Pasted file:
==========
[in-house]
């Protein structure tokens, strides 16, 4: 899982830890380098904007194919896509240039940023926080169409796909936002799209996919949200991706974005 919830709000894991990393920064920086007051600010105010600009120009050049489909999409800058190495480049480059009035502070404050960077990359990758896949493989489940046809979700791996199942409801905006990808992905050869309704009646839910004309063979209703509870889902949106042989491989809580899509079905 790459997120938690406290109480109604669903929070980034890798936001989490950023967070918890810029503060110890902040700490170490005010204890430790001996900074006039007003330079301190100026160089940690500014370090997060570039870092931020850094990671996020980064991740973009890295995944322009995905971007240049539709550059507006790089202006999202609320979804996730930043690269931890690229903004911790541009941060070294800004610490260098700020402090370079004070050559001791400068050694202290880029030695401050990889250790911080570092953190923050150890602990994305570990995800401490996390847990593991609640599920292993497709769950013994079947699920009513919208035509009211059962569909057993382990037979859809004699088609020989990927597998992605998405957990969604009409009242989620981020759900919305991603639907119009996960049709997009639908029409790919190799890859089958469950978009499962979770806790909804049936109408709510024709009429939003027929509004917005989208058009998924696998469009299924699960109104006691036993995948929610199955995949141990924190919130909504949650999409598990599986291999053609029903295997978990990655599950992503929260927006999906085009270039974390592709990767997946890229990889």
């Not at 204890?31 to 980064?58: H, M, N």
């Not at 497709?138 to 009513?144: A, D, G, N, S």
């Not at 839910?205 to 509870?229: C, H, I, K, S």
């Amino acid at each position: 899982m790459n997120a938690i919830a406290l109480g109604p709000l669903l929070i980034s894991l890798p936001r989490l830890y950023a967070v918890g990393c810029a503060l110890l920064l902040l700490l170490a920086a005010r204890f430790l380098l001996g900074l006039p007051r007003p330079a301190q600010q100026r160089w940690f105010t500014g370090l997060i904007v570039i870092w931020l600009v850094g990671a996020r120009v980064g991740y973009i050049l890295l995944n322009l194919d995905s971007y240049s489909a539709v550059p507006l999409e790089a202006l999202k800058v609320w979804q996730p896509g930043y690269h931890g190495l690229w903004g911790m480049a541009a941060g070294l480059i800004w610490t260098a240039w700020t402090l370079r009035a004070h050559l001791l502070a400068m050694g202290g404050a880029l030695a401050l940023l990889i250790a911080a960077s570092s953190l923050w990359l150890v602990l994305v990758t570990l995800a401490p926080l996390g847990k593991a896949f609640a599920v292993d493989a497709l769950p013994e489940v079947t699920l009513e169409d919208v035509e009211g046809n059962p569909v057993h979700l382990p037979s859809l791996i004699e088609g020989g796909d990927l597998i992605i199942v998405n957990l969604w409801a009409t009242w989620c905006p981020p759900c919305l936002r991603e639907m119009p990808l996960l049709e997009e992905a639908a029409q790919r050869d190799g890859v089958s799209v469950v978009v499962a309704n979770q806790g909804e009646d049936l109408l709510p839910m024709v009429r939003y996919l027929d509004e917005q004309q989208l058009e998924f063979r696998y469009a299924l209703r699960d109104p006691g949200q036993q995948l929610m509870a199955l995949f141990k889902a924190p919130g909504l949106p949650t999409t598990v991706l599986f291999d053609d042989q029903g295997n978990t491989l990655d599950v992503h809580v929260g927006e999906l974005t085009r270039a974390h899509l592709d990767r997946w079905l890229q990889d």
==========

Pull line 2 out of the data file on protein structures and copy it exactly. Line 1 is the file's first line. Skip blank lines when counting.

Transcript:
């Protein structure tokens, strides 16, 4: 899982830890380098904007194919896509240039940023926080169409796909936002799209996919949200991706974005 919830709000894991990393920064920086007051600010105010600009120009050049489909999409800058190495480049480059009035502070404050960077990359990758896949493989489940046809979700791996199942409801905006990808992905050869309704009646839910004309063979209703509870889902949106042989491989809580899509079905 790459997120938690406290109480109604669903929070980034890798936001989490950023967070918890810029503060110890902040700490170490005010204890430790001996900074006039007003330079301190100026160089940690500014370090997060570039870092931020850094990671996020980064991740973009890295995944322009995905971007240049539709550059507006790089202006999202609320979804996730930043690269931890690229903004911790541009941060070294800004610490260098700020402090370079004070050559001791400068050694202290880029030695401050990889250790911080570092953190923050150890602990994305570990995800401490996390847990593991609640599920292993497709769950013994079947699920009513919208035509009211059962569909057993382990037979859809004699088609020989990927597998992605998405957990969604009409009242989620981020759900919305991603639907119009996960049709997009639908029409790919190799890859089958469950978009499962979770806790909804049936109408709510024709009429939003027929509004917005989208058009998924696998469009299924699960109104006691036993995948929610199955995949141990924190919130909504949650999409598990599986291999053609029903295997978990990655599950992503929260927006999906085009270039974390592709990767997946890229990889």